Two years later in the spring of 1971 Gilbert’s college career was over. Though an indifferent student because of his extracurricular activities, he had earned enough credits to graduate with a BA in English. He had achieved only a C average, but that didn’t bother Gilbert. He knew he was never going to pursue the kind of career for which his degree would be useful. He had gone to college mainly to get away from his family and make a life for himself, and he had accomplished that.
But he was still ambivalent about leaving school. On the one hand, he had made such an impression on the faculty with his filmed events and acclaimed documentary, that he was offered a special faculty position by President Godfrey (who had survived the student protests thus far) and the Board of Trustees. They would give him a special paid position as Official School Recorder (for they had grown used to his filmed records of school events which brought in a not-inconsiderable sum of money from sales to parents and friends). After a long struggle with himself, Gilbert refused their offer. He didn’t want to be like his father, still doing the same things in the same way for the same living when he was his father’s age. He knew it would drive him to drink as well.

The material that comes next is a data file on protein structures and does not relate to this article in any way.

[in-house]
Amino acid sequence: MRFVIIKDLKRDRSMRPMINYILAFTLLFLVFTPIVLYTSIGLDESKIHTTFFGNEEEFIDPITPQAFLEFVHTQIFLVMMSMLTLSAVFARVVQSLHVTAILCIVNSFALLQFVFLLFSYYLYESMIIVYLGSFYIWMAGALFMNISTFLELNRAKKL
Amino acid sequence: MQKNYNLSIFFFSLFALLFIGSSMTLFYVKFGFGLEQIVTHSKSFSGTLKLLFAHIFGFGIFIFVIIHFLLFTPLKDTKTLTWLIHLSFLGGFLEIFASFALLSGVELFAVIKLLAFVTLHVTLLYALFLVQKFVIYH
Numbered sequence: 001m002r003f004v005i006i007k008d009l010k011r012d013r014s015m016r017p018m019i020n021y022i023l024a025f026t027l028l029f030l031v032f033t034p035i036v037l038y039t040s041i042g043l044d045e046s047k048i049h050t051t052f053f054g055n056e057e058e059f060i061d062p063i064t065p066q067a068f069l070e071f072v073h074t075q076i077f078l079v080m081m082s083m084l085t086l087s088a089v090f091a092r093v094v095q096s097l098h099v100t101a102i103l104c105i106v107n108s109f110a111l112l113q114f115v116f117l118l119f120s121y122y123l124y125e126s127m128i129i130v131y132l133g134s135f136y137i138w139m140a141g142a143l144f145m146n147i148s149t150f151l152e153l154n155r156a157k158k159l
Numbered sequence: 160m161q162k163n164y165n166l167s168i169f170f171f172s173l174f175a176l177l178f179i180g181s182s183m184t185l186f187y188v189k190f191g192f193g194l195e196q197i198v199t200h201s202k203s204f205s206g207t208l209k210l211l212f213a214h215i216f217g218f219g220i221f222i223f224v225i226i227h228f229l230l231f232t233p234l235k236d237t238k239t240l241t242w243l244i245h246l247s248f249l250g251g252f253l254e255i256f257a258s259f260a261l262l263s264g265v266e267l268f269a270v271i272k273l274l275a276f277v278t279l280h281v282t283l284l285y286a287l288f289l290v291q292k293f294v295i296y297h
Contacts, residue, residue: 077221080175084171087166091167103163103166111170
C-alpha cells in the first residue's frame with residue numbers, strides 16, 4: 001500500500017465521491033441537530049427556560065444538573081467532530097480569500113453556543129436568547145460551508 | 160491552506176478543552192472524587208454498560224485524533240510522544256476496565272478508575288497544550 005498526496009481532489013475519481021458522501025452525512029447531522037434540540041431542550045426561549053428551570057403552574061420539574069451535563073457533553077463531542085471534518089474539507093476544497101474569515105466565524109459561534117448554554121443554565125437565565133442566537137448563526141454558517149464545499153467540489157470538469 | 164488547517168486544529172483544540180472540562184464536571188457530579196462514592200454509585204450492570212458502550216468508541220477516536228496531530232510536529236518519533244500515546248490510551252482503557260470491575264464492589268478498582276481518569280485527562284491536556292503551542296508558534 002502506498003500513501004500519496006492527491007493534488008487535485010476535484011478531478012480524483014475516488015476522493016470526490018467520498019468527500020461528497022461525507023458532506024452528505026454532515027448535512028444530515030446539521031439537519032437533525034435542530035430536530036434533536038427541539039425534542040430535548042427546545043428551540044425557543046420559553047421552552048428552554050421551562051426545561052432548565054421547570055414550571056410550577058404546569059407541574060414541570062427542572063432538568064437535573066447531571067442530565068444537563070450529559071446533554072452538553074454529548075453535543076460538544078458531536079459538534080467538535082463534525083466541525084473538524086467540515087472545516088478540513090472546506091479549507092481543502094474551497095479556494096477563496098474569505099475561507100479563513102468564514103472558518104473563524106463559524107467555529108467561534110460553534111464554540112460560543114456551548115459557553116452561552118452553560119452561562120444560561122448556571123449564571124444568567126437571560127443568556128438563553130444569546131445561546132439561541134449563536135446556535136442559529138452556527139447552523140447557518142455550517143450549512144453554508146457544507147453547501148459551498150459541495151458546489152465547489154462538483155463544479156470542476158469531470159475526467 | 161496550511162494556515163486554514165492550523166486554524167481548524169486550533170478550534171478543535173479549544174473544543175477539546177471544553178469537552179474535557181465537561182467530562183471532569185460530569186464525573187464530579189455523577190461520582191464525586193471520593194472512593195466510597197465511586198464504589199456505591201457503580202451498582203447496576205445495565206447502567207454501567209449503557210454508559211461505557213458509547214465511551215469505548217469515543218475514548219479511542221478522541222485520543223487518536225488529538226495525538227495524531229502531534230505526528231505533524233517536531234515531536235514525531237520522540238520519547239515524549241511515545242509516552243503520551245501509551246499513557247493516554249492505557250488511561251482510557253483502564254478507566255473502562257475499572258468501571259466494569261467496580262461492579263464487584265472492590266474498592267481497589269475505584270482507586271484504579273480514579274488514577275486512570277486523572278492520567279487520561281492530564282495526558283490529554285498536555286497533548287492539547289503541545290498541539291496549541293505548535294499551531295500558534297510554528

So, determined to become a “real” moviemaker, he said goodbye to Eastern Penn. He wrote a long letter to his parents (whom he had not seen since he left for college), and packed his bags for Hollywood. He had saved some money, and desperately hoped it would be enough.